National overviews
Healthy Communities: Child and maternal health in 2009–2012 23
Health status and outcomes
0% 2% 4% 6% 8% 10%
Metro 1 4.0%
Inner NW Melbourne ............... 201
Inner East Melbourne .............. 206
Australian Capital Territory* ..... 801
Inner West Sydney .................. 102
Bayside .................................. 202
Northern Sydney ..................... 107
Eastern Sydney....................... 101
Sydney Nth Shore & Beaches . 108
4.4%
4.3%
4.3%
4.2%
4.0%
3.6%
3.5%
3.3%
0% 2% 4% 6% 8% 10%
Metro 2 4.6%
South Western Melbourne ...... 203
Bentley-Armadale ................... 504
Central Adelaide & Hills ........... 402
Sthn Adelaide-Fleurieu-Kang. Is. 403
Eastern Melbourne .................. 207
Greater Metro South Brisbane . 302
Perth North Metro ................... 502
Perth Central & East Metro ...... 501
Metro North Brisbane .............. 301
Gold Coast ............................. 303
South Eastern Sydney ............ 103
Fremantle ............................... 503
5.2%
5.1%
4.8%
4.7%
4.7%
4.7%
4.7%
4.6%
4.6%
4.2%
4.0%
3.7%
0% 2% 4% 6% 8% 10%
Metro 3 4.9%
Northern Adelaide ................... 401
South Eastern Melbourne........ 208
West Moreton-Oxley ............... 305
Macedon Ranges & NW Melb . 204
Northern Melbourne ................ 205
Western Sydney...................... 105
South Western Sydney ........... 104
5.7%
5.1%
4.9%
4.9%
4.9%
4.8%
4.7%
0% 2% 4% 6% 8% 10%
Regional 1 4.6%
Central Coast NSW ................. 109
Sunshine Coast ...................... 304
Hunter .................................... 111
Barwon ................................... 210
Nepean-Blue Mountains .......... 106
Frankston-Mornington Peninsula 209
Perth South Coastal ................ 505
Illawarra-Shoalhaven ............... 110
4.9%
4.9%
4.7%
4.4%
4.4%
4.3%
4.3%
4.3%
0% 2% 4% 6% 8% 10%
Regional 2 5.1%
Country South SA ................... 404
New England .......................... 114
Tasmania ................................ 601
Gippsland ............................... 217
Goulburn Valley ....................... 215
Wide Bay ................................ 307
Loddon-Mallee-Murray ............ 214
Southern NSW ........................ 117
Grampians .............................. 211
Hume ..................................... 216
Great South Coast .................. 212
Western NSW ......................... 115
North Coast NSW ................... 113
Murrumbidgee ........................ 116
Darling Downs-SW Qld ........... 306
South West WA ...................... 506
5.6%
5.6%
5.6%
5.5%
5.4%
5.3%
5.2%
5.2%
5.2%
5.0%
5.0%
4.9%
4.8%
4.7%
4.6%
4.4%
0% 2% 4% 6% 8% 10%
Rural 1 5.4%
Far West NSW ........................ 118
Lower Murray ......................... 213
Country North SA ................... 405
Townsville-Mackay .................. 310
Central Qld ............................. 308
7.5%
5.8%
5.6%
5.2%
5.0%
0% 2% 4% 6% 8% 10%
Rural 2 6.8%
Northern Territory .................... 701
Central & NW Qld ................... 309
Kimberley-Pilbara .................... 508
Far North Qld .......................... 311
Goldfelds-Midwest ................. 507
7.7%
7.6%
6.5%
6.2%
5.8%
102
103
104
105
106
107
108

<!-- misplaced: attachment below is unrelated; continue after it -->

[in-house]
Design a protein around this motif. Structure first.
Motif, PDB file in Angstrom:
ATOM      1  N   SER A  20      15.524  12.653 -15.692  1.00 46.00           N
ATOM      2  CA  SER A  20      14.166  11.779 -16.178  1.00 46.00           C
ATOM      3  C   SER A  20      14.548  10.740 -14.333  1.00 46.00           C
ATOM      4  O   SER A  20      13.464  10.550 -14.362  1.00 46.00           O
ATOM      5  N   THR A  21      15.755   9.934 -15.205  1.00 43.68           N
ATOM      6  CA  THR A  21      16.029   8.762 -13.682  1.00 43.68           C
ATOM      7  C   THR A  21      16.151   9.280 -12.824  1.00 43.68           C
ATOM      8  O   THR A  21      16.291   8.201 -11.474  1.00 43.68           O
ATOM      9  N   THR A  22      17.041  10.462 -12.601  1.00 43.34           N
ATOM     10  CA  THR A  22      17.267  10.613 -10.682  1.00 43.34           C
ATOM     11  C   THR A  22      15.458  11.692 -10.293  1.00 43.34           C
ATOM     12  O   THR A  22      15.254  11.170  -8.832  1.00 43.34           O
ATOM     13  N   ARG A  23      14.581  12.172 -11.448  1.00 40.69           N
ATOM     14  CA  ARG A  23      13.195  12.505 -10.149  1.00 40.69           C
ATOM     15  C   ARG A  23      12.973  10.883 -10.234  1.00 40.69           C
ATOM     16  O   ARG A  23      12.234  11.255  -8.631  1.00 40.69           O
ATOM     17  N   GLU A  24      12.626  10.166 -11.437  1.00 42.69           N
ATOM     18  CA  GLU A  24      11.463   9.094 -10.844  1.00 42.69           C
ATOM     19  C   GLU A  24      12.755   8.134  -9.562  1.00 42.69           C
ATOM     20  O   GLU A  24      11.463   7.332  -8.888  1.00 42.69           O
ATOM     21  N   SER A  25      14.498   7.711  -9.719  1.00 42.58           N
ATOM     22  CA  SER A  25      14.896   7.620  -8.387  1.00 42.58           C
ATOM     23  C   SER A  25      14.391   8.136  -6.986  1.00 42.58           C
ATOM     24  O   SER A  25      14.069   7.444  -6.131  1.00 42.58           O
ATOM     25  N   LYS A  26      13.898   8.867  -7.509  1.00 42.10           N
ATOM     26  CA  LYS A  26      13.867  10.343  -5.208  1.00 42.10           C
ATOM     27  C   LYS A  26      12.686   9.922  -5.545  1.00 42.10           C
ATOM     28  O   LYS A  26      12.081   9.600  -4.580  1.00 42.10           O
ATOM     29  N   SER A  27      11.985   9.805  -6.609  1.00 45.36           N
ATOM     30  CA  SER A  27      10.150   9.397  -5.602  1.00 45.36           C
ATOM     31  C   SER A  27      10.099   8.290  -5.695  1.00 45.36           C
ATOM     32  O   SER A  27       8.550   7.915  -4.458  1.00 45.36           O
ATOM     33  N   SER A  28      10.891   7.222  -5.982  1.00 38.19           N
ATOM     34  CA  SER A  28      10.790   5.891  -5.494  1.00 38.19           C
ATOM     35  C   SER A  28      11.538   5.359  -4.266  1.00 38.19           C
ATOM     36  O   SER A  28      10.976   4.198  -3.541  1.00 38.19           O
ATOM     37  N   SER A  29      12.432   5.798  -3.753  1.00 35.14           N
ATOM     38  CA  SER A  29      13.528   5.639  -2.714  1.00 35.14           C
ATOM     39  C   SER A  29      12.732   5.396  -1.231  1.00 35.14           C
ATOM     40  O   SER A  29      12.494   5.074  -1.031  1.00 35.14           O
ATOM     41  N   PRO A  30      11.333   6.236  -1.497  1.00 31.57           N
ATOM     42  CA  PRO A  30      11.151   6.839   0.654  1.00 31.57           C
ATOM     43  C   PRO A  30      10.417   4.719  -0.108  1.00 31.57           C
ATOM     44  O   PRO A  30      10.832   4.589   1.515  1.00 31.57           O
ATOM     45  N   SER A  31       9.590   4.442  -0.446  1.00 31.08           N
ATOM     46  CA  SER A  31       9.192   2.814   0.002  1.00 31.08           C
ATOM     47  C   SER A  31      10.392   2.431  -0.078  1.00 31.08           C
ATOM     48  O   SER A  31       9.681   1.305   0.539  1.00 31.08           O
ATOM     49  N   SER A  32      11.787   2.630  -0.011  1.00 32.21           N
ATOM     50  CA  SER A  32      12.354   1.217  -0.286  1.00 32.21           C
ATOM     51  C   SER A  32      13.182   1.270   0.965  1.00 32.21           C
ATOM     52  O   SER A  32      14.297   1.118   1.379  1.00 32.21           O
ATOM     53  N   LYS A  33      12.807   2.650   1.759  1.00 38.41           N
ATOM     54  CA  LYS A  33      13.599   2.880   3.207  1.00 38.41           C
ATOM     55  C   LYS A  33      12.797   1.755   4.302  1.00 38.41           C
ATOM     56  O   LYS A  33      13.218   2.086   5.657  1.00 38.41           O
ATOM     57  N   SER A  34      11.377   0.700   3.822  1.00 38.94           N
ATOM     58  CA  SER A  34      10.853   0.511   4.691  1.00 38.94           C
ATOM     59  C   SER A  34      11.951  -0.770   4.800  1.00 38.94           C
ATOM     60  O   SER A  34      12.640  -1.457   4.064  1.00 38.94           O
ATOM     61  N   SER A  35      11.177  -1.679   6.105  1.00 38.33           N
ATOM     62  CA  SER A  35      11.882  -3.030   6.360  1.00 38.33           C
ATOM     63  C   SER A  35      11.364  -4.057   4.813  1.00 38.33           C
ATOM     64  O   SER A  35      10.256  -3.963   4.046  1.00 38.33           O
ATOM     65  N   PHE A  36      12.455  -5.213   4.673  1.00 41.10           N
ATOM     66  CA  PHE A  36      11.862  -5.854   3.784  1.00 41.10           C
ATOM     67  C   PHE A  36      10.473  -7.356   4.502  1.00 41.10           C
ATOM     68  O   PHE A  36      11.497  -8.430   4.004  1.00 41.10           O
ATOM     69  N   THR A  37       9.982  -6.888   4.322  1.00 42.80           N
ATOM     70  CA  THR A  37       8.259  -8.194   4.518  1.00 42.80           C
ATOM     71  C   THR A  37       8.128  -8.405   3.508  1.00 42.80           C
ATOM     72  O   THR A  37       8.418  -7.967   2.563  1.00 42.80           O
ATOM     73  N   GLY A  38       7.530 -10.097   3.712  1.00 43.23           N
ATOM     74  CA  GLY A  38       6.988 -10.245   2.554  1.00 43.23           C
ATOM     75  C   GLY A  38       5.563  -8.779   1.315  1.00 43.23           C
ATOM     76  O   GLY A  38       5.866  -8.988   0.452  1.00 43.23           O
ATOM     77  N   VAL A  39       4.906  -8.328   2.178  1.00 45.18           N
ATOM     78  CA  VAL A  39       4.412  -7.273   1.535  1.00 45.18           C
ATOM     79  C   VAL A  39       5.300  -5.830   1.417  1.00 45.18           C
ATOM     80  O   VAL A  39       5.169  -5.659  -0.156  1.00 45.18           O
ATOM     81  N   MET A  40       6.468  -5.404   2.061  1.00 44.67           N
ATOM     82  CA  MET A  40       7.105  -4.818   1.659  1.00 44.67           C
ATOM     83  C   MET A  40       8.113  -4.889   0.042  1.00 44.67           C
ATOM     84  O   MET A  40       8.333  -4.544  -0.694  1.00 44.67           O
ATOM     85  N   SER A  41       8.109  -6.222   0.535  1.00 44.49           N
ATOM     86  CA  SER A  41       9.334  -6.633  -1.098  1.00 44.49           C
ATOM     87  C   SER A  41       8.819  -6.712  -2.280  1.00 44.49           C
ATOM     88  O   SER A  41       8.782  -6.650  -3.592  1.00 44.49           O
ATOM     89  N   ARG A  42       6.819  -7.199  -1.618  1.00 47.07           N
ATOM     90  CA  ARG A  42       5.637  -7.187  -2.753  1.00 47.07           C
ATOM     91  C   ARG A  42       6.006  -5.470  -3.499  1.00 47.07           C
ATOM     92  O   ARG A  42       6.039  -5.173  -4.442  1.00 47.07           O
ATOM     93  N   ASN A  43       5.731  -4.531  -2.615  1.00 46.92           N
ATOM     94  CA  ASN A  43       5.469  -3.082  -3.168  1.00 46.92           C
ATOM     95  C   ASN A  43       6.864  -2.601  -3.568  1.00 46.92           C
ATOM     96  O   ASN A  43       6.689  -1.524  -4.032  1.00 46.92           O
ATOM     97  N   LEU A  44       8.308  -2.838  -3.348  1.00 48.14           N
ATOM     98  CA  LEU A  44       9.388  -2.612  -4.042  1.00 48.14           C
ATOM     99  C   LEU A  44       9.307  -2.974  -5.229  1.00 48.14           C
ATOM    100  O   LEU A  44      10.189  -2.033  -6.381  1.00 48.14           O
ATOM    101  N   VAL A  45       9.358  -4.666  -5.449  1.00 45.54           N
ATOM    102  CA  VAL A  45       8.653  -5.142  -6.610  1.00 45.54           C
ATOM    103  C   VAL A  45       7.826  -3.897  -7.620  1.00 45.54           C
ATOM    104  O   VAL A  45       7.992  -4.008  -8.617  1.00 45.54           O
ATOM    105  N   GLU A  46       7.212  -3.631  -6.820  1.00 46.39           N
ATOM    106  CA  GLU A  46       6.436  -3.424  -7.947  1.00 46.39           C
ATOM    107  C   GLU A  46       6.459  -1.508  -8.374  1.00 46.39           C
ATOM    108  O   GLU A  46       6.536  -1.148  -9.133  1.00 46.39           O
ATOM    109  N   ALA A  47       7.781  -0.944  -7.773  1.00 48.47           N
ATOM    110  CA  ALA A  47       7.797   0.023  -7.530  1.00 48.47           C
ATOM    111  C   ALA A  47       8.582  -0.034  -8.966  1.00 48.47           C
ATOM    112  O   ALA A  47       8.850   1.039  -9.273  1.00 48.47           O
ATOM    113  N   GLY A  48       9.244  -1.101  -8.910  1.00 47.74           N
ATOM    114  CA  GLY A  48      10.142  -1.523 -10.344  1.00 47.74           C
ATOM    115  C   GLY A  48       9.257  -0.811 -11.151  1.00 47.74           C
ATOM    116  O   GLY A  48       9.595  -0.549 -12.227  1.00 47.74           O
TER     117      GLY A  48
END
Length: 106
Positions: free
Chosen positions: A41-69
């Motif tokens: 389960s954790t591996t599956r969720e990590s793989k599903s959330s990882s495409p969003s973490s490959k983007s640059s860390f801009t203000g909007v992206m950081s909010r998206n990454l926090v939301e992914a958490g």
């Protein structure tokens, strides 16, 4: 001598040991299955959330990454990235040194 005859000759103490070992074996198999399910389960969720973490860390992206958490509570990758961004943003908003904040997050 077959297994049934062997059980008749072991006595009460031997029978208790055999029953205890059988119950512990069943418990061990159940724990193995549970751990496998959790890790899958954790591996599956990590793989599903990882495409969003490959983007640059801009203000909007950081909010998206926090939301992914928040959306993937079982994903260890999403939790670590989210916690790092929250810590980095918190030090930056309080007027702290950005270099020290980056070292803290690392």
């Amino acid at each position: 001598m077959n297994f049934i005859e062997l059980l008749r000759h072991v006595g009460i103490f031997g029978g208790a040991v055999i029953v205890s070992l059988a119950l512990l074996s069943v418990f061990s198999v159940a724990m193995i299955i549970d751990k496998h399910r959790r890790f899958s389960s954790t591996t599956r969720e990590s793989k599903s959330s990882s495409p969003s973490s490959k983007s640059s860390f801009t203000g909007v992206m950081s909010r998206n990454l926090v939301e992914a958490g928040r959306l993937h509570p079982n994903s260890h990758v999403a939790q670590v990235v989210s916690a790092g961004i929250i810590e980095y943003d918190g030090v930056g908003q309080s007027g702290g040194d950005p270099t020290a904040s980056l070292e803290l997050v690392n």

109
110
111
101
113
301
302
303
304
305
306
307
SYDNEY
BRISBANE
NEWCASTLE
SUNSHINE
COAST
GOLD
COAST
WOLLONGONG
Fair comparisons
To compare Medicare Locals more fairly, each
Medicare Local catchment has been grouped
into one of seven peer groups
2
, based on
remoteness and socioeconomic status.
This allows:
• Medicare Local catchments to be compared
within the same metropolitan, regional or
rural peer group, and
• Medicare Local catchments to be compared
with the average for their peer group.
It also allows variation to be seen across peer
groups that may be associated with remoteness
and socioeconomic status.
v. Sydney and
surrounding areas
vi. Brisbane and
surrounding areas
Peer groups
Map
Ref.
* In 2009–2011, there were 202 liveborn babies of women who
usually resided in the Australian Capital Territory and gave birth
in New South Wales who were not counted in the result for the
Australian Capital Territory Medicare Local catchment.
More information can be found at www.myhealthycommunities.gov.au
and in this report’s Technical Supplement.
National Health Performance Authority www.myhealthycommunities.gov.au Healthy Communities: Child and maternal health in 2009–2012 24
111
113
114
115
116
117
118
211
212
213
214
215
216
217
306
307
308
309
310
311
404
405
506
507
508
601
701
501
502
503
504
505
506
401
402
403
404
405
201
202
203
204
205
206
207
208
209
210
211
214
215
216
217
117
801
CANBERRA
ROCKINGHAM
MELBOURNE
GEELONG
PERTH
i.
vi.
ii.
iii.
iv.
v.
ADELAIDE
Results for Medicare Local
catchments were ranked from
highest to lowest and then split
into fve equal-sized groups.
1

The range within each of the
fve groups was as follows:
L
o
w
e
s
t
g
r
o
u
p
H
i
g
h
e
s
t
g
r
o
u
p
Medicare Local
catchment boundary
Numbers on map are
Medicare Local reference codes
402
ii. Adelaide and
surrounding areas
i. Perth and
surrounding areas
iii. Melbourne and
surrounding areas
iv. Canberra and
surrounding areas
Years of data: 2007–2011
Low-birthweight babies, Aboriginal and Torres
Strait Islander women
During 2007–2011, the percentage of liveborn babies of low birthweight born to Aboriginal and Torres
Strait Islander women varied across Medicare Local catchments and across peer groups, ranging from